Programming Media Art Using Processing: A Beginner’s Guide
Programming Media Art Using Processing: A Beginner’s Guide provides an entry-level exploration into visual design through computer programming using the open source and artist-friendly language, Processing. Used by hundreds of students, this learning system breaks lessons down into strategic steps towards fun and creative media art projects.
This book provides a linear series of lessons with step-by-step examples that lead to beginning media art projects, including abstract designs, pixel landscapes, rollover animations, and simple video games. Computer programming can be overwhelming for the first-time learner, but this book makes the learning of code more digestible and fun through a full color, well-diagrammed, and deeply explained text presentation. Lessons are rhythmically broken down into digestible parts with code annotations and illustrations that help learners focus on the details one step at a time. The content is legible, flexible, and fun to work with because of its project-based nature.
By following the lessons and producing the projects sequentially in this book, readers will develop the beginning foundational skills needed to understand computer programming basics across many languages and also explore the art of graphic design. Ultimately, this is a hands-on, practical guide. Most affordable directly from the publisher but also available from Amazon and most book retailers.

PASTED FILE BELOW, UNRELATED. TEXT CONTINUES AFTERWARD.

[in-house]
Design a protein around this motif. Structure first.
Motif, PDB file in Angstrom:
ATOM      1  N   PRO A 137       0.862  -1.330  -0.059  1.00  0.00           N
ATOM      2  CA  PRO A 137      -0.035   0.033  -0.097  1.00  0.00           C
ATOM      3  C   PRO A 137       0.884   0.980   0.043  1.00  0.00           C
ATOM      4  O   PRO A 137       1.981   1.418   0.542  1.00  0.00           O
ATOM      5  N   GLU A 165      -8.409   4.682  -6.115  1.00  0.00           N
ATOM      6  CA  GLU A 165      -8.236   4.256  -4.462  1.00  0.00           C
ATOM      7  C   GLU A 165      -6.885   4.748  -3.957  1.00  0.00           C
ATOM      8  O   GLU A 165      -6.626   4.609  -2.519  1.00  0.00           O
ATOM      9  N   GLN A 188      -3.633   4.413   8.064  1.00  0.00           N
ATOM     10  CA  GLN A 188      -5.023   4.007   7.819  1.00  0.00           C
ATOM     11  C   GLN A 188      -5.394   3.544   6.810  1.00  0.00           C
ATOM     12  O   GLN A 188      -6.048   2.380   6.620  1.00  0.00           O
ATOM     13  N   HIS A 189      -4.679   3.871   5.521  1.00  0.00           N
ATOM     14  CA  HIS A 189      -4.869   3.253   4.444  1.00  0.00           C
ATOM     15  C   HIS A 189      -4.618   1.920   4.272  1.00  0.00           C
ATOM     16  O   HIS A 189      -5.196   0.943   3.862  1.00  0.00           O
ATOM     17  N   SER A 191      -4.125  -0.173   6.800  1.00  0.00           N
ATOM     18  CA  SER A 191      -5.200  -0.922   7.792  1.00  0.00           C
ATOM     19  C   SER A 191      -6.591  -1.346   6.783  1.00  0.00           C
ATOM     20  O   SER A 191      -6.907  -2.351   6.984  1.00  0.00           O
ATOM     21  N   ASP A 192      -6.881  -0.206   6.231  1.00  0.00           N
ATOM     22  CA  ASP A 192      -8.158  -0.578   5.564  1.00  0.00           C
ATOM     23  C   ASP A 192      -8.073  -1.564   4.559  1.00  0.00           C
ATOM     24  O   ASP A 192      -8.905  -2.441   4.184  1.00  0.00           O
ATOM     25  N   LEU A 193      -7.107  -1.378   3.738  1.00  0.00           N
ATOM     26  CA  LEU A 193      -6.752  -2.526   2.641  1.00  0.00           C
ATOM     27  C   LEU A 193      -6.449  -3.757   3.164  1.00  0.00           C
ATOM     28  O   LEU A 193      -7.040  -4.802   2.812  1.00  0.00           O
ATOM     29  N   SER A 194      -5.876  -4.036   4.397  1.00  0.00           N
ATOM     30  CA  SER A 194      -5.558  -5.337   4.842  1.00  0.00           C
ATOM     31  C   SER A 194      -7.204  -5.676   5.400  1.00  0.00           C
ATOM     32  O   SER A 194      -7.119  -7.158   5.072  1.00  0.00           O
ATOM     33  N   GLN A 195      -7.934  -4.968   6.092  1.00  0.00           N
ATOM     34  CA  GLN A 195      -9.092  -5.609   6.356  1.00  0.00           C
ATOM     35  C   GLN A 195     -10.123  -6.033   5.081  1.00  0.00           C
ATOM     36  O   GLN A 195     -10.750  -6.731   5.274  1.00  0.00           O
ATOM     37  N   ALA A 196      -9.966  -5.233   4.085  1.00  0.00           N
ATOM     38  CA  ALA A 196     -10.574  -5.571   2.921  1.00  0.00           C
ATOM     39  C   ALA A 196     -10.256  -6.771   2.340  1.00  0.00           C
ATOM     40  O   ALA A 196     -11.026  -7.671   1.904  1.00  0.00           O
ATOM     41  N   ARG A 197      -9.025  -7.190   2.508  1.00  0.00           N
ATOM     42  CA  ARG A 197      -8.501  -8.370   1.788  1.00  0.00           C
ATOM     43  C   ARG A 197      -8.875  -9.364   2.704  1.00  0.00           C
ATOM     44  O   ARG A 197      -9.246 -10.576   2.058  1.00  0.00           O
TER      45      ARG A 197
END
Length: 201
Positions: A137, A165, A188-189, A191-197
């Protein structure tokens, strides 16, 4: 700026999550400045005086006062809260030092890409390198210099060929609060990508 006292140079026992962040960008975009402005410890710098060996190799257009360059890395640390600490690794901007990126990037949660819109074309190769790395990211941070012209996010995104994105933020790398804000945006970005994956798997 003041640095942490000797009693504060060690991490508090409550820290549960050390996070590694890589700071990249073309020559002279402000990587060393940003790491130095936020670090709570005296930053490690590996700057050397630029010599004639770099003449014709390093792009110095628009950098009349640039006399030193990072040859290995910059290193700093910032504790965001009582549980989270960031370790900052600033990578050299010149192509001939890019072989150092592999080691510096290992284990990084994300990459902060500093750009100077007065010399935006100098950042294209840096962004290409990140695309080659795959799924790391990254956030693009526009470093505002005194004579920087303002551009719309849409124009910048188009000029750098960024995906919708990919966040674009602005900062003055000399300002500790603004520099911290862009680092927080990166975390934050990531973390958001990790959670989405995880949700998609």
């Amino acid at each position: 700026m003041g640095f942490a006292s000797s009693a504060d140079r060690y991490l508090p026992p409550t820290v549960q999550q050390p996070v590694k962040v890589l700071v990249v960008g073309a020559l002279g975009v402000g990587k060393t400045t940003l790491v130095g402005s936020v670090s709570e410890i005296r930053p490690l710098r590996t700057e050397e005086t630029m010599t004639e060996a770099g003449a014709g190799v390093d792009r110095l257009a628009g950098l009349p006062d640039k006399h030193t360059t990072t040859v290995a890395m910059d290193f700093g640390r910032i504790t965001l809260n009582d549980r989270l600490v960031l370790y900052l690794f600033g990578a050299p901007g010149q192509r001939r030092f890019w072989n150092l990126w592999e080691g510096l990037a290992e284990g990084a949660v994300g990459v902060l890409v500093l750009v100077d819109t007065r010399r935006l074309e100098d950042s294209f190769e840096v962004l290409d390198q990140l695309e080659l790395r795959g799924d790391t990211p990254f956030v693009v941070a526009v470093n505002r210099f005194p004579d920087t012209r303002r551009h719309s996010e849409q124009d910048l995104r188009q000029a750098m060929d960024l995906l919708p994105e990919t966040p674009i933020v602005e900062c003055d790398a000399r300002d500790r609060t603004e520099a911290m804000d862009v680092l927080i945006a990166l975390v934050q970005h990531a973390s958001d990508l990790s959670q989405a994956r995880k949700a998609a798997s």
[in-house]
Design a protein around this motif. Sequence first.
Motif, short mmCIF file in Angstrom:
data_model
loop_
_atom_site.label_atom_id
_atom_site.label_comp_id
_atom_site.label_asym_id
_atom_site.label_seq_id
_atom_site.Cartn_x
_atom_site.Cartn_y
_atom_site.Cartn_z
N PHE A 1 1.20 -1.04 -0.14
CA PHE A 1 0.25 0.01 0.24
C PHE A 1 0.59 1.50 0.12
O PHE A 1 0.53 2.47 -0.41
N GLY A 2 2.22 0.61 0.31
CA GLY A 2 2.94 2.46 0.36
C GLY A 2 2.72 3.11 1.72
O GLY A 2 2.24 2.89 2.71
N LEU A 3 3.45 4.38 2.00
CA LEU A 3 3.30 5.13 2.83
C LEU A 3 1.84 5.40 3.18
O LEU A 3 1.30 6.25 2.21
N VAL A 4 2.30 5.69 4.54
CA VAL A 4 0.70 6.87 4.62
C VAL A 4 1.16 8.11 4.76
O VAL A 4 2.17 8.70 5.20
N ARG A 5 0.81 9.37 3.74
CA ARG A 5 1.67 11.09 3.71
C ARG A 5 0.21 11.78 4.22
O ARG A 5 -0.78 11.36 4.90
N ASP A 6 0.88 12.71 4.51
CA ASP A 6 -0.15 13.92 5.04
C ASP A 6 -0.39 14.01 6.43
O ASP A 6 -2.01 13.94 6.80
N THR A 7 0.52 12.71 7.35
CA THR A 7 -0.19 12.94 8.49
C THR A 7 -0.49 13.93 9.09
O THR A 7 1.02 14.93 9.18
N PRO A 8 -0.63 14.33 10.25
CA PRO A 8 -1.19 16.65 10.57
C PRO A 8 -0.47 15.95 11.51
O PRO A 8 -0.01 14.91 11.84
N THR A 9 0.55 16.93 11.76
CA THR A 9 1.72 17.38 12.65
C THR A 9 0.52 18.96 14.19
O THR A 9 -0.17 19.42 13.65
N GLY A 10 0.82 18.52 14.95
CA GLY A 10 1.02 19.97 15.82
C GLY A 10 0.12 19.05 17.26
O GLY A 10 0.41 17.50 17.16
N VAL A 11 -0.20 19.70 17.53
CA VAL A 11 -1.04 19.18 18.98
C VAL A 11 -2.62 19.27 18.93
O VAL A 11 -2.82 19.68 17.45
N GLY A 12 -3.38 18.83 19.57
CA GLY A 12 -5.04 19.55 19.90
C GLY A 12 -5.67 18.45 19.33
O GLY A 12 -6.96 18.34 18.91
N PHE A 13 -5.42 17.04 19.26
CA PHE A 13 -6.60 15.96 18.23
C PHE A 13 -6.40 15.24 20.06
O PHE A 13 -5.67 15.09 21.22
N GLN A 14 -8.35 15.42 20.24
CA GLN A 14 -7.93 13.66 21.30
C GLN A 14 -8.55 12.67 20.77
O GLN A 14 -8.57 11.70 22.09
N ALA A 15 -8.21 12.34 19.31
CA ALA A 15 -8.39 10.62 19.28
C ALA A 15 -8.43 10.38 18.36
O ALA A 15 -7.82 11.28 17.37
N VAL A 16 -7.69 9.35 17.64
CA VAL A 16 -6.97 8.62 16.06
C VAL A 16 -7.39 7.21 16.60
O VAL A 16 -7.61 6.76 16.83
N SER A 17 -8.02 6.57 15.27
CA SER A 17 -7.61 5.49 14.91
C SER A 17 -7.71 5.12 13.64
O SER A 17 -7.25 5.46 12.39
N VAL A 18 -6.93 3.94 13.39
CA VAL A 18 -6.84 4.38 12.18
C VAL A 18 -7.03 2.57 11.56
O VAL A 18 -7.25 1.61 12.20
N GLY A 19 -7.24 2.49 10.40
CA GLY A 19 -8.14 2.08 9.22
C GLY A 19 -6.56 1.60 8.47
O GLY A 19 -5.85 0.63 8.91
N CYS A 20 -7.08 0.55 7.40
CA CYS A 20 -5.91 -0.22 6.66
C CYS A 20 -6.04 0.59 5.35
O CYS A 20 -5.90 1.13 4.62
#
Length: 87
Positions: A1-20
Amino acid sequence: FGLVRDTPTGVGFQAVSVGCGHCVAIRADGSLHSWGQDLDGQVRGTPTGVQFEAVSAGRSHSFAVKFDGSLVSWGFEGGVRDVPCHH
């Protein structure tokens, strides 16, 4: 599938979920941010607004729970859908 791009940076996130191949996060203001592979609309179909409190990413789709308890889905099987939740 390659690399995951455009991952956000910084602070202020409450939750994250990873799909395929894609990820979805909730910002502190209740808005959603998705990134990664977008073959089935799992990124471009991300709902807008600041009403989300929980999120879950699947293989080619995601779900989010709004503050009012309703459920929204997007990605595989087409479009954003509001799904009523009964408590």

Margaret Noble was born in Texas, raised in San Diego, and received her key artistic training in Chicago. She holds a B.A. in Philosophy from the University of California, San Diego and an MFA in Studio and Sound Art from the School of the Art Institute of Chicago. Margaret Noble is an accomplished media producer with a background in public education, artistic production, and large-scale exhibition development. Her artworks have been exhibited nationally and internationally. Margaret Noble came to education from industry as a professional artist. Throughout her 13+ years of teaching in secondary and higher education, she has consistently supported diverse learners in producing meaningful, community driven, multimedia projects. Margaret and her students have also received several awards and recognitions for their classroom projects including features in Edutopia and Wired magazine.